When elders are in the classrooms, kids are more focused and more respectful. Elders are active. And the oldest and youngest members of the community form relationships.
That’s what schools across the state have learned from RurAL CAP’s Elder Mentor program. Almost half of the elder mentors in Alaska are in the YK Delta.
The elders help students with reading and assignments. They model appropriate behavior. And in the YK Delta they teach Yup’ik language and traditional skills like ice fishing and sewing.
In exchange, the elders receive a small stipend.
This week elder mentors from across the YK Delta traveled to Bethel for training. KYUK talked with some of them about their experiences in the classroom and how the program benefits the community.
Ida Williams is one of two elder mentors in Lower Kalskag. She’s a former teacher and is starting her third year with the program.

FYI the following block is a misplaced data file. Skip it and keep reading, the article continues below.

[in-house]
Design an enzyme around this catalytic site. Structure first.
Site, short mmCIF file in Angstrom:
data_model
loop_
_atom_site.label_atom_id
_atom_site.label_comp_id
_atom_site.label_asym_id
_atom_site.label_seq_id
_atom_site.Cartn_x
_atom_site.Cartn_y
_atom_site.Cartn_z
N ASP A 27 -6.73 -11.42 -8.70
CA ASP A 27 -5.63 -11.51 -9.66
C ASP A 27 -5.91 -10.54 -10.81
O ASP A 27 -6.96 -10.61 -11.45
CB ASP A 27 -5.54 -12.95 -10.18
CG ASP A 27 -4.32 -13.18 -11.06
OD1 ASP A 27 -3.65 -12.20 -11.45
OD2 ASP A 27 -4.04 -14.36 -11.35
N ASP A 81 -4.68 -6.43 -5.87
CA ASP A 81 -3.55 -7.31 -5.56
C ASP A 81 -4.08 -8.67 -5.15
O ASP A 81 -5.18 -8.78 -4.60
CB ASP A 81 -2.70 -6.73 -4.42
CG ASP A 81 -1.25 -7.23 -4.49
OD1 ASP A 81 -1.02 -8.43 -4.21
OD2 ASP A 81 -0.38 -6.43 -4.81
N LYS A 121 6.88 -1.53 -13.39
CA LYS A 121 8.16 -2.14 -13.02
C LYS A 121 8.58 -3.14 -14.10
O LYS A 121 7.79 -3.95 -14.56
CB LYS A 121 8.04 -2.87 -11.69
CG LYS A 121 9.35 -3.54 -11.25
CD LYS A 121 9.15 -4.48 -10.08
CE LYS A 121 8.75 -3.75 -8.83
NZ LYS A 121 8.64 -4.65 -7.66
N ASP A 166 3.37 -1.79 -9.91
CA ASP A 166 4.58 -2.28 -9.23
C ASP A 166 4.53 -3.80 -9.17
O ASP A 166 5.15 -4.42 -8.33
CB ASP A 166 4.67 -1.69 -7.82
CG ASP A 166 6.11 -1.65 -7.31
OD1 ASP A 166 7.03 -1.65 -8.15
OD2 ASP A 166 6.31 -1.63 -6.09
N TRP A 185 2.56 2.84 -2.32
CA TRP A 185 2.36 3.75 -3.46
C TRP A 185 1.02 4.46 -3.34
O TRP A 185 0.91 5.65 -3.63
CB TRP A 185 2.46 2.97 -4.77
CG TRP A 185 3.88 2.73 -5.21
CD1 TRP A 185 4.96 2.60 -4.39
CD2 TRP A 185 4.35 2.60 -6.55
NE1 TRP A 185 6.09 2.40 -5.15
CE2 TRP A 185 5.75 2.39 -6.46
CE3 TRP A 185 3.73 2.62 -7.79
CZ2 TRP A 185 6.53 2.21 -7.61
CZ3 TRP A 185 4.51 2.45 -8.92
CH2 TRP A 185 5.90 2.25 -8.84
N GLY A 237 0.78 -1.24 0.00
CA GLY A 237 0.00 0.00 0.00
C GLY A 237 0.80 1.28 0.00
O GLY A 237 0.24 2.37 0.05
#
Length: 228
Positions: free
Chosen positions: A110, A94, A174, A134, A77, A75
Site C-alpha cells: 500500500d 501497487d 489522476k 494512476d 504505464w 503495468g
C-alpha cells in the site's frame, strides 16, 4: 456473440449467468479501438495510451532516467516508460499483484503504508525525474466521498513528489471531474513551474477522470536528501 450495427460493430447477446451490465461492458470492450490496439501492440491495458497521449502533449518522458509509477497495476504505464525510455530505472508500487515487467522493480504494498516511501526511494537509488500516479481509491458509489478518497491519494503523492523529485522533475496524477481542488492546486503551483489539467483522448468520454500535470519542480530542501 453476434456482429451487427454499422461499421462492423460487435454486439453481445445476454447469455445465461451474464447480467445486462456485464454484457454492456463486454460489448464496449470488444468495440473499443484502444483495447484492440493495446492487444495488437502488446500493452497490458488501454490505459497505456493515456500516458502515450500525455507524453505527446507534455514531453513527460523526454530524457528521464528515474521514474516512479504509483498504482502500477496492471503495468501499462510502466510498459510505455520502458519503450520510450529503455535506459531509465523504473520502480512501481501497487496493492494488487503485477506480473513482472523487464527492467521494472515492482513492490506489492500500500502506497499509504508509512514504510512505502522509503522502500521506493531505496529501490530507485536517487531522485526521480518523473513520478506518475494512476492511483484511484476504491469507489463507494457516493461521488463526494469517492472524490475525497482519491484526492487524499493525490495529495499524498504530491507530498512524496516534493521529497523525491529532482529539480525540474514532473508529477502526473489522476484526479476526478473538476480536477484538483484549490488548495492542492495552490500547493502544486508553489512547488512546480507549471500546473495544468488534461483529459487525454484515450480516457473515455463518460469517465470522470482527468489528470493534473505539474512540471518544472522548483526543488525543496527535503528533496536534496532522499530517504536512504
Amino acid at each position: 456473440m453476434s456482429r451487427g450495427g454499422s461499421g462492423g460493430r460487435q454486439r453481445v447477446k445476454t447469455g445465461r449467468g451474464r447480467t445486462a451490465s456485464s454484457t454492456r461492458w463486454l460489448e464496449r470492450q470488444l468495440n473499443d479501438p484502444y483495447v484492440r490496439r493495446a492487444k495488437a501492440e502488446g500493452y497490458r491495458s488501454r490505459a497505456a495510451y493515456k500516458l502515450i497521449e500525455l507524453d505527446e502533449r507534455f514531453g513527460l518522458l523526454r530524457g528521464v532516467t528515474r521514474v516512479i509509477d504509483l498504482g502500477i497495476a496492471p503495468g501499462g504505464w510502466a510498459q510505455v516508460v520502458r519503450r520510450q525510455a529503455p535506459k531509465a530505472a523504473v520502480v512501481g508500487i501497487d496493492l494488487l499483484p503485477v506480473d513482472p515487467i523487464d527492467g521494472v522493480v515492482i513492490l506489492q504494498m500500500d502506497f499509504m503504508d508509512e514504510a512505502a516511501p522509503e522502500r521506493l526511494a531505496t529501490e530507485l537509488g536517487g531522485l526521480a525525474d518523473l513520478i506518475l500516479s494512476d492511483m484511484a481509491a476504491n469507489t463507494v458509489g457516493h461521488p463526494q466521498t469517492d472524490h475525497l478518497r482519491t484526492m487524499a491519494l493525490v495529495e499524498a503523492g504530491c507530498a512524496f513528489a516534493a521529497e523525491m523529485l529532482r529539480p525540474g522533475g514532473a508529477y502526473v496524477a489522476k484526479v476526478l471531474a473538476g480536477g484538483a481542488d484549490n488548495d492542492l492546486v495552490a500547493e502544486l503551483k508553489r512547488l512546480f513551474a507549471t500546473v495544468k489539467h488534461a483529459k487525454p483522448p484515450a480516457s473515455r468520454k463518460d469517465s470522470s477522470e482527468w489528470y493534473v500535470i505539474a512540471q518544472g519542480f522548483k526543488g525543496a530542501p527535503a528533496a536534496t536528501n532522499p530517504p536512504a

Marie Napoka is an elder mentor in Tuluksak. The community has the most elder mentors of any YK Delta school with 14 regularly volunteering.
Noah Alexie is also from Tuluksak. This will be his first year in the program.
Henrietta Long is an elder mentor in Hooper Bay. This will be Henrietta’s first year with the program.
There are 40 elder mentors serving in five YK Delta communities: Pilot Station, Russian Mission, Hooper Bay, Lower Kalskag, and Tuluksak.
RurAL CAP wants to get more elder mentors in more schools. Lower income seniors, age 55 or older, are eligible to apply. Mentors receive a small stipend. It’s tax exempt and doesn’t affect other financial assistance.